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Stockport Metropolitan Borough Council (19 008 431)

Category : Adult care services > Charging

Decision : Upheld

Decision date : 20 Mar 2020

The Ombudsman's final decision:

Summary: The Council did not adequately explain the complainant would be required to pay an assessed contribution towards the costs of a nursing home placement. This meant her family received unexpected invoices after the placement ended. The Council has agreed to apologise for this.

The complaint

  1. The complainant, to whom I will refer as Mrs W, is represented in her complaint by her son, to whom I will refer as Mr Y.
  2. Mr Y complains the Council has charged Mrs W a contribution for her fees during a stay in a residential nursing home. He says the Council assured the family there would be no charge to Mrs W.
  3. Mr Y has also complained about the home’s handling of a Deprivation of Liberty Safeguards application.

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What I have investigated

  1. I have investigated the complaint described in paragraph 2. I have not investigated the complaint described in paragraph 3, for reasons I will explain at the end of this decision statement.

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The Ombudsman’s role and powers

  1. We investigate complaints about ‘maladministration’ and ‘service failure’. In this statement, I have used the word fault to refer to these. We must also consider whether any fault has had an adverse impact on the person making the complaint. I refer to this as ‘injustice’. If there has been fault which has caused an injustice, we may suggest a remedy. (Local Government Act 1974, sections 26(1) and 26A(1), as amended)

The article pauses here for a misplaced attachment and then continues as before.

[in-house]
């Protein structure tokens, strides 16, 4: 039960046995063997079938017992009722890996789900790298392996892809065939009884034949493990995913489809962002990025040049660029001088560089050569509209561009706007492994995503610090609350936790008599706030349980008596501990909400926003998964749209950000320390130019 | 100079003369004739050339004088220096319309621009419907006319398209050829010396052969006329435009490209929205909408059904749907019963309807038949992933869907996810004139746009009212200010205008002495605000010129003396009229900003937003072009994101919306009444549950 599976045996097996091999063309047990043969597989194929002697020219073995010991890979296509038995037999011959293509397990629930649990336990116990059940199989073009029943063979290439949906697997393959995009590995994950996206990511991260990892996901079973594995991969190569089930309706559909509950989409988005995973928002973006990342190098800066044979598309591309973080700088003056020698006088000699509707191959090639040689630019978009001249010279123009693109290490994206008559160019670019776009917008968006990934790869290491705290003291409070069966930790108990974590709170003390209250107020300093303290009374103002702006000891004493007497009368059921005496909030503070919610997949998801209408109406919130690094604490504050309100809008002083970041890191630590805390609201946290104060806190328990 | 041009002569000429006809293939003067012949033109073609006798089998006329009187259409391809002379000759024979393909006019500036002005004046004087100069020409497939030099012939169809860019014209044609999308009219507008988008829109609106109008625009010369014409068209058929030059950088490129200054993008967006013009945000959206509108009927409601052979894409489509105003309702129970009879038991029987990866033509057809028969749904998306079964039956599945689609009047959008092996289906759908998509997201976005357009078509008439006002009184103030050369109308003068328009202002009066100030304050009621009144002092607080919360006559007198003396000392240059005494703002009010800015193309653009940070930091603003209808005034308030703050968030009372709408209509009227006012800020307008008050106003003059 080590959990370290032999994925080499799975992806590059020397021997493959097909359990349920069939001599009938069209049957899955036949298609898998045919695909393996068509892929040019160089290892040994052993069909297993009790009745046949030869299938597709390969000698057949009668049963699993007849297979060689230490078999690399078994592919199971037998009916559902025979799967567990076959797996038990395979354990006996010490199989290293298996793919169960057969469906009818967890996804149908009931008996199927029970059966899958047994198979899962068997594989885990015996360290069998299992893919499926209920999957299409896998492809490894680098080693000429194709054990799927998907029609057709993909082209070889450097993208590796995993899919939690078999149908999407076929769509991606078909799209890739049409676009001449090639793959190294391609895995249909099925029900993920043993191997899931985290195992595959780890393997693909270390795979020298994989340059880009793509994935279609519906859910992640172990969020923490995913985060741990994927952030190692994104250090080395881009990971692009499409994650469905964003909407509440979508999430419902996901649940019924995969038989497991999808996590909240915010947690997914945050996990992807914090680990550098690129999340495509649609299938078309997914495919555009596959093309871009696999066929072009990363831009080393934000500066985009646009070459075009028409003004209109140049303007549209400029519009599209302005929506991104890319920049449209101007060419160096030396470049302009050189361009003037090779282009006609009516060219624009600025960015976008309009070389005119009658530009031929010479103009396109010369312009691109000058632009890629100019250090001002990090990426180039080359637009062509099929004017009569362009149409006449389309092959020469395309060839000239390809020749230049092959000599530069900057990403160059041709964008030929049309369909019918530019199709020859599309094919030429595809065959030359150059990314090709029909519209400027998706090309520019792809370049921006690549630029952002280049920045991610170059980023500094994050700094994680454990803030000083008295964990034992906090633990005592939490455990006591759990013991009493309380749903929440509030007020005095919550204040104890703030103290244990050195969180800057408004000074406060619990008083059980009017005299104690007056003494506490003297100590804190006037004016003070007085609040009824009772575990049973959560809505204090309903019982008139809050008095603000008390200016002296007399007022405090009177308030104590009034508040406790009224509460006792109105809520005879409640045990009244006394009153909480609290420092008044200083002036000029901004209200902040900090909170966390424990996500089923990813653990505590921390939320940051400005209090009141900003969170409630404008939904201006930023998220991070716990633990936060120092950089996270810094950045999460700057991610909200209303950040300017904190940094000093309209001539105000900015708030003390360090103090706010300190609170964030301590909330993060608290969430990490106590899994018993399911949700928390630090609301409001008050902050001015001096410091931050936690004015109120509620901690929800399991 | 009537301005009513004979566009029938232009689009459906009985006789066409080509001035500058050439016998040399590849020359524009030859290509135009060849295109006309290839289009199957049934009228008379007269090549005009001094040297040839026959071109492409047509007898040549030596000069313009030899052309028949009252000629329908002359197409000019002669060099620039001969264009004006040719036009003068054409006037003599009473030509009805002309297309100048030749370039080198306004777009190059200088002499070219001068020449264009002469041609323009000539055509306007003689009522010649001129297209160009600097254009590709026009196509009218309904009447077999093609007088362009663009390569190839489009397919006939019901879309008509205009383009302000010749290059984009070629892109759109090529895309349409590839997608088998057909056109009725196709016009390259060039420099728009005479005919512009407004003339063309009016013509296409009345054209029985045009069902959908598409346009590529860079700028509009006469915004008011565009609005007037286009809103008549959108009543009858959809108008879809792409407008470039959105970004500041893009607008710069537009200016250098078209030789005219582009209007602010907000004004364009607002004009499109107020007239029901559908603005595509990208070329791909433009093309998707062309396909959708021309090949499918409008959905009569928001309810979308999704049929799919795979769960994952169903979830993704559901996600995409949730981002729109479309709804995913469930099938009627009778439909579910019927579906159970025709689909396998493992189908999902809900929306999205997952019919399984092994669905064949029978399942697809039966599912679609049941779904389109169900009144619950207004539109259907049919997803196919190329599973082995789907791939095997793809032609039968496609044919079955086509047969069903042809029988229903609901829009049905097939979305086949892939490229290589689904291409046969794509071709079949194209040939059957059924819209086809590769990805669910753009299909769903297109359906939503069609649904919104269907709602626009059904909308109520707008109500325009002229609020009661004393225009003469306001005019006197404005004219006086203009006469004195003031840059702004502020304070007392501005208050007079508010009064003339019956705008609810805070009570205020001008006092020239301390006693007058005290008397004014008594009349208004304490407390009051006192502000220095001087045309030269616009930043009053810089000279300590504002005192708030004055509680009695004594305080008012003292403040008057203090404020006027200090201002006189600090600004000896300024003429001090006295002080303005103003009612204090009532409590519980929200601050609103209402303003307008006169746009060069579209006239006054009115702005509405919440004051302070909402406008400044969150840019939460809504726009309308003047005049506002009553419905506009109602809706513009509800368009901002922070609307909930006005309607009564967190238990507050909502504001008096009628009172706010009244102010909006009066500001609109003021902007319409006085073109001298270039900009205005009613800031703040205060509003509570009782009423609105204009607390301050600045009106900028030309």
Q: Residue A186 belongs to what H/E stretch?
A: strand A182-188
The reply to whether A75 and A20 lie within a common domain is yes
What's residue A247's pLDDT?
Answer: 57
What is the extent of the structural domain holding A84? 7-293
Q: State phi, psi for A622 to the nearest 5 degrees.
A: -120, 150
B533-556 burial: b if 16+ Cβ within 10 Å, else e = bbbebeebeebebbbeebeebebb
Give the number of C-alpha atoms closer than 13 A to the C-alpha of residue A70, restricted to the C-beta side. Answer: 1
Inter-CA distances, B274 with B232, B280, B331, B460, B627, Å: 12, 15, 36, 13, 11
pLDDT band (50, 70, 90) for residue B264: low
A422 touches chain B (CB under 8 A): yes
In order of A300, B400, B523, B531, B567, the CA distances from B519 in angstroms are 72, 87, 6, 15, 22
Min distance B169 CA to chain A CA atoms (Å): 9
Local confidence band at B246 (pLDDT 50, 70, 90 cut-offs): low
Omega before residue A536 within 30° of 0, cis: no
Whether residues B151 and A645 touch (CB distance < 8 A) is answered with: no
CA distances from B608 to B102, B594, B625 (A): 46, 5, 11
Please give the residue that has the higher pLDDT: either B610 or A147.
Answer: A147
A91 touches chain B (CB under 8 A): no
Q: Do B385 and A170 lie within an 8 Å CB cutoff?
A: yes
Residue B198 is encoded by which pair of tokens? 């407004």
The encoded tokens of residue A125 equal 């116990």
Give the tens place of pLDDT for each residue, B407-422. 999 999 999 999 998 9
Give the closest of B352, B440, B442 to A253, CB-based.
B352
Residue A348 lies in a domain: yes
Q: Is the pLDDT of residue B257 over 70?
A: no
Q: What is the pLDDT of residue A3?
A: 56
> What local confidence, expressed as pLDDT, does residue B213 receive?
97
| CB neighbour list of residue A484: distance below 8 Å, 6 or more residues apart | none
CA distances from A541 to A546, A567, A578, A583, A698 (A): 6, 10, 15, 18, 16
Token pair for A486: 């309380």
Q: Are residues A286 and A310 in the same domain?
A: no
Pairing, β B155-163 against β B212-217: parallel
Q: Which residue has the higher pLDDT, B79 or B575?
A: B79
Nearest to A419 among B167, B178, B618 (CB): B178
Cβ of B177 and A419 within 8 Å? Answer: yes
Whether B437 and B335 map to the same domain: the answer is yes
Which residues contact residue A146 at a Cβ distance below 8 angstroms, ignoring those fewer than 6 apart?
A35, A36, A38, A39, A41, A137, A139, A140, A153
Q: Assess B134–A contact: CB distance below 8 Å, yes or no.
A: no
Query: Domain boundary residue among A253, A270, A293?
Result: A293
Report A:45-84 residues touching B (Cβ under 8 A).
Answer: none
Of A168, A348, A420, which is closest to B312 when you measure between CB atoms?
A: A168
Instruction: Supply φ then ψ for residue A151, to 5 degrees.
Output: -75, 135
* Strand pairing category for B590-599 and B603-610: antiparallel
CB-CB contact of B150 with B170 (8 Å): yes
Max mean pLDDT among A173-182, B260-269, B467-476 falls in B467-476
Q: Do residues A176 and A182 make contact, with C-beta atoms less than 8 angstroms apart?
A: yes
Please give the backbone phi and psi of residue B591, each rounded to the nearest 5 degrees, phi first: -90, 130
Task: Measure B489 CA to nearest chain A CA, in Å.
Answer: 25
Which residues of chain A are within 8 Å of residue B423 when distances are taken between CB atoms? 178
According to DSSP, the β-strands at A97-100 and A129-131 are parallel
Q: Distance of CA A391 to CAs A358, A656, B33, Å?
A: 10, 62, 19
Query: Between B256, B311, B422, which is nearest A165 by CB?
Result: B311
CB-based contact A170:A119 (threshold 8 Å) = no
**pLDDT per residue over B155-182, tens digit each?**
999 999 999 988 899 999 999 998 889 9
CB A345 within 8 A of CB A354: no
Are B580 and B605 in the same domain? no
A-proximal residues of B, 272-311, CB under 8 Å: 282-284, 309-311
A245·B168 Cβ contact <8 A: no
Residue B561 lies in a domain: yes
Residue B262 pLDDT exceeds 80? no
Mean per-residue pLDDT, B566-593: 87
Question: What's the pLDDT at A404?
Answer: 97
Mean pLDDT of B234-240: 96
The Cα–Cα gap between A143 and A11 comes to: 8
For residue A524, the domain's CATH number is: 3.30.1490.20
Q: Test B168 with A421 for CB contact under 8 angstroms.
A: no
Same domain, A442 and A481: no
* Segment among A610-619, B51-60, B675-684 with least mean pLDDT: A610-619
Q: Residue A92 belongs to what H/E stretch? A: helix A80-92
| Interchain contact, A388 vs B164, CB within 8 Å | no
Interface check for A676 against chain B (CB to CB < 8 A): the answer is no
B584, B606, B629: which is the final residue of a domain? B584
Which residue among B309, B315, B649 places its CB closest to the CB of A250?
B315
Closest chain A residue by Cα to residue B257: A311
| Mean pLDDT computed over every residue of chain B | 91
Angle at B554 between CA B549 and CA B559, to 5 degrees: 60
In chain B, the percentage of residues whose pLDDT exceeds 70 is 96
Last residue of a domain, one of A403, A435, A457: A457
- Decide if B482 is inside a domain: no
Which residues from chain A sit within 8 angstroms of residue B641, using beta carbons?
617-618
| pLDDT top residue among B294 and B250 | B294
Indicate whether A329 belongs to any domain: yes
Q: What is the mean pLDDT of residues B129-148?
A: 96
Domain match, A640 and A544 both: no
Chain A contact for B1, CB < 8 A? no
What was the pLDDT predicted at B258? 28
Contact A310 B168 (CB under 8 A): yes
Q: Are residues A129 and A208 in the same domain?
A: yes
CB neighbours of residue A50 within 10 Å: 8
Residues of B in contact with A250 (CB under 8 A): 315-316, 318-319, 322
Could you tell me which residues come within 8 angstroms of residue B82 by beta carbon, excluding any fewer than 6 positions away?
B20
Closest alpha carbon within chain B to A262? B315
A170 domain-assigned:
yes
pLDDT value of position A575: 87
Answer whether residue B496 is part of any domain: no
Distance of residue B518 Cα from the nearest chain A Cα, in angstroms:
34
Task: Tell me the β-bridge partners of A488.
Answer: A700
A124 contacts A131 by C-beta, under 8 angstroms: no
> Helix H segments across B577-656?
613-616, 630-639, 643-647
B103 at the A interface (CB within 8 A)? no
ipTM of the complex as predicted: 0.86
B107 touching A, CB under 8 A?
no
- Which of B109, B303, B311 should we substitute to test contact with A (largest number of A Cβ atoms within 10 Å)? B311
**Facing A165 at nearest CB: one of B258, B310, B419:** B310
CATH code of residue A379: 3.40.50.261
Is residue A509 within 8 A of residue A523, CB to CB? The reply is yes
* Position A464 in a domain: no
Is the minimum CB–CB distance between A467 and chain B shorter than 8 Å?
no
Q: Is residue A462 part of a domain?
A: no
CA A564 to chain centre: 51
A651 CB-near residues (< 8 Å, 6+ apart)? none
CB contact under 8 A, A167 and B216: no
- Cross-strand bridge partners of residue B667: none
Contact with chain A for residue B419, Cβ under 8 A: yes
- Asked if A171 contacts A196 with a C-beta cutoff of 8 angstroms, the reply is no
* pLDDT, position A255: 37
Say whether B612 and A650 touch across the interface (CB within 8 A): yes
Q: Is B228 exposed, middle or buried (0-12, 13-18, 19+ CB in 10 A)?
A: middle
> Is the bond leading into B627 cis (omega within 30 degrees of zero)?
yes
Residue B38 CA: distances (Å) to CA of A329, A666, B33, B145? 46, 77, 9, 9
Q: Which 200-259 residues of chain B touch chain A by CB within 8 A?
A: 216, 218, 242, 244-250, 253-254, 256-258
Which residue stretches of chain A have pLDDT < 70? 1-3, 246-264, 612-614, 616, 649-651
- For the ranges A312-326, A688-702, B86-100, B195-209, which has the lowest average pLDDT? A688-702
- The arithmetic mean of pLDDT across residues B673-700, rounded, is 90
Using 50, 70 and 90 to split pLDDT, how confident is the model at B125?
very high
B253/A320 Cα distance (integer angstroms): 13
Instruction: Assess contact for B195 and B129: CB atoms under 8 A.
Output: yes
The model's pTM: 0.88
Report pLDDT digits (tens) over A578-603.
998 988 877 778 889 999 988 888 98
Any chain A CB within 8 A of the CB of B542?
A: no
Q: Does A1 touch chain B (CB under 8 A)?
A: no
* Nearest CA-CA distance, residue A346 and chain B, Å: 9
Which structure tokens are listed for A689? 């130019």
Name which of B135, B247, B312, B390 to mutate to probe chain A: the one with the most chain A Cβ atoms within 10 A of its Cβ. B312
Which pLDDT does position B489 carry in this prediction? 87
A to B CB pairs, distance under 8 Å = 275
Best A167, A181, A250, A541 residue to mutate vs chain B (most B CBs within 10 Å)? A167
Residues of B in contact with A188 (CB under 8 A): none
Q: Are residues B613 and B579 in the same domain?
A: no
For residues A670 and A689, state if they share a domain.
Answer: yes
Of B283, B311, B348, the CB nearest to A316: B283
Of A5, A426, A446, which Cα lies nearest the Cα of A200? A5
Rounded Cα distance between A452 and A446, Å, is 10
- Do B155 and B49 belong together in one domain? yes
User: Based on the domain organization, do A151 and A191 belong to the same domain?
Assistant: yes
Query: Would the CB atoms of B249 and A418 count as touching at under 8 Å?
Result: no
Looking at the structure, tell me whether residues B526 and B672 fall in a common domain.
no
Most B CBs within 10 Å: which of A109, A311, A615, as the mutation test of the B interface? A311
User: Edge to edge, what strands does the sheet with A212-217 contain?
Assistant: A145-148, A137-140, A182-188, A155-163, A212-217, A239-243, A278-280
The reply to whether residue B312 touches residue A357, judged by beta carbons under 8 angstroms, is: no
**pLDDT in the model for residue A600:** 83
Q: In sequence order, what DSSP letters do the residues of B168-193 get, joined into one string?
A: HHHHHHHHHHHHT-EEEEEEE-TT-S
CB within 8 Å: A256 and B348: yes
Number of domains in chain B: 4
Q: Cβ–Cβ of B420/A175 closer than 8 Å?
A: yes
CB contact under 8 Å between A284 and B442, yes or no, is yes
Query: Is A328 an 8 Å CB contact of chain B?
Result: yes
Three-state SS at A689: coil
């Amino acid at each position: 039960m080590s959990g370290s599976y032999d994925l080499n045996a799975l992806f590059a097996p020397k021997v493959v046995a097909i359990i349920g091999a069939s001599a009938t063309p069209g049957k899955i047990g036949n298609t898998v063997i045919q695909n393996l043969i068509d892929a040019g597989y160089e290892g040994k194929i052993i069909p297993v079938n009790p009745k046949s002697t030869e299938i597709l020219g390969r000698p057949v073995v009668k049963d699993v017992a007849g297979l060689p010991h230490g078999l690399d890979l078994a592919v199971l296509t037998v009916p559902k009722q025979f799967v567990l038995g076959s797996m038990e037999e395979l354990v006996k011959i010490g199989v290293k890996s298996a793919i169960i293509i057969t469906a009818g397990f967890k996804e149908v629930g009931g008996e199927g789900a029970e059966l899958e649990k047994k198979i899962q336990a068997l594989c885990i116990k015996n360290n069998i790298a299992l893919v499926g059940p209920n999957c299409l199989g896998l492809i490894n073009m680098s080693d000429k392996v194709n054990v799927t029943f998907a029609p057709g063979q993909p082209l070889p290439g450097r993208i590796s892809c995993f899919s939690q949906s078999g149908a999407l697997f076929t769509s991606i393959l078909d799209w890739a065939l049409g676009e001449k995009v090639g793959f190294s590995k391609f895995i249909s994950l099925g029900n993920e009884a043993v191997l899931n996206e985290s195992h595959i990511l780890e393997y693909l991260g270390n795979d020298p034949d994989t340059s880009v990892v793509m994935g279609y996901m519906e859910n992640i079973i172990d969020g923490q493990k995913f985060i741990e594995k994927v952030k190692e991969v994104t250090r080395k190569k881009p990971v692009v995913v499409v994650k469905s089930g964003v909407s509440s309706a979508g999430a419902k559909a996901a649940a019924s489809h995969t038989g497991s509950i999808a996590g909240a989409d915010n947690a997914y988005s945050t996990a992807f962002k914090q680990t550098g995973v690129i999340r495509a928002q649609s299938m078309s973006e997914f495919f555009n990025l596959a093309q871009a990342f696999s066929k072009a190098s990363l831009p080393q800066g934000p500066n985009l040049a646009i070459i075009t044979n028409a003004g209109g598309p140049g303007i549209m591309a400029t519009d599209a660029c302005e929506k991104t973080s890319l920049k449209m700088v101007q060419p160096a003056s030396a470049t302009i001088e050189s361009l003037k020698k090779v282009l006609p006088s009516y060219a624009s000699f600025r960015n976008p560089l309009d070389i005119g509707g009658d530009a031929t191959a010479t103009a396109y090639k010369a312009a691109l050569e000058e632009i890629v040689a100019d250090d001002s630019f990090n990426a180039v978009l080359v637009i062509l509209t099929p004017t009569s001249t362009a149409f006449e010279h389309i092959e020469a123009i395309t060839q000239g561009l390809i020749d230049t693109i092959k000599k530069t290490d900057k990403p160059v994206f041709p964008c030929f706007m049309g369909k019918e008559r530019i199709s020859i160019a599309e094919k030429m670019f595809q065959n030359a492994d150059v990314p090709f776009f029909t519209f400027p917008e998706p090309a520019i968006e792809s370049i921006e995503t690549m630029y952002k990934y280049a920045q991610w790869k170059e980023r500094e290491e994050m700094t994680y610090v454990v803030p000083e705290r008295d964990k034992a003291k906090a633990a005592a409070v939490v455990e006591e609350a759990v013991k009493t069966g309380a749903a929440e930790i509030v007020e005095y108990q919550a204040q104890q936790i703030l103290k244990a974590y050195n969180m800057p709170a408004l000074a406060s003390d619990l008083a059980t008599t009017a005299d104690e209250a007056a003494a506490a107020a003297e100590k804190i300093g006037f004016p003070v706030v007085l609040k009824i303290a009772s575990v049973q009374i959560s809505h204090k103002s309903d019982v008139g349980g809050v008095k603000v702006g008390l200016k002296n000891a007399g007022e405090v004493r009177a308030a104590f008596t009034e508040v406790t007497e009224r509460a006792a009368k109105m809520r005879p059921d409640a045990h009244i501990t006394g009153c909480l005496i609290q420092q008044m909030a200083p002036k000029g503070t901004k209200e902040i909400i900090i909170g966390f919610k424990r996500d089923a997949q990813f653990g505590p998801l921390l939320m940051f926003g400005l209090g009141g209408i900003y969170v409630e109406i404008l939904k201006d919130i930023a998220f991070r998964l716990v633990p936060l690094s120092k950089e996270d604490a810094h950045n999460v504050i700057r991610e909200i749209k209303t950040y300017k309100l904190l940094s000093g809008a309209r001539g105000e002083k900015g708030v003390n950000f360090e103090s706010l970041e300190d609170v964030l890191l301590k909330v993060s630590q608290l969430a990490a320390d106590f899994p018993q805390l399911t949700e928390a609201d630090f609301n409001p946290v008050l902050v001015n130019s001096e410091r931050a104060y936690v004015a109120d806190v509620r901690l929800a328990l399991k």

2. If we are satisfied with a council’s actions or proposed actions, we can complete our investigation and issue a decision statement. (Local Government Act 1974, section 30(1B) and 34H(i), as amended)

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How I considered this complaint

  1. I reviewed the Council’s case notes, the Individual Service Agreement (ISA) for Mrs W, the Council’s adult social care charging leaflet, and its correspondence with Mr Y.

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What I found

  1. In early 2018, Mrs W was diagnosed with dementia. Over the following months, she spent a significant amount of time in hospital, and other periods at home, when she was receiving home care visits, and also being cared for by her husband.
  2. In September, during a stay in hospital, the Council and Mrs W’s family agreed she should enter a nursing home. This was intended to be a short-term placement, with the aim of assessing her and allowing her to return home.
  3. During discussions about the funding for Mrs W’s placement, the Council agreed to pay a third-party top-up for a particular nursing home.
  4. Mrs W entered the home on 28 September. After an extension to her stay, she was eventually discharged from the nursing home on 5 December.
  5. On 11 March 2019, Mr Y submitted a complaint to the Council. He said Mrs W had received two invoices her stay at the nursing home, totalling £341.28. Mr Y said the Council had agreed to pay the top-up for her stay, and the family had been under the impression there would be no charge to Mrs W.
  6. The Council replied on 1 April. It explained the invoices for Mrs W related to her assessed contribution (of £34.62 per week), based on her income. The top-up fee which the Council had agreed to pay was a separate element of her overall charge, representing the difference between its standard rate and the fee charged by Mrs W’s nursing home.
  7. After further correspondence from Mr Y, the Council provided copies of a selection of its notes on 13 May, referring to the charging arrangements for Mrs W’s stay at the home. It also sent a copy of the Individual Service Agreement (ISA) for Mrs W’s placement, which referred to the necessity for her to pay an assessed contribution, while confirming the Council was paying the top-up.
  8. On 20 August, Mr Y referred his complaint to the Ombudsman. He said the Council had led the family to believe there would be no charge for Mrs W’s placement, and the evidence provided by the Council did not record the facts being explained to the family. He also said the family had not been given a copy of the ISA at the time of Mrs W’s admission to the home, and pointed out it was unsigned.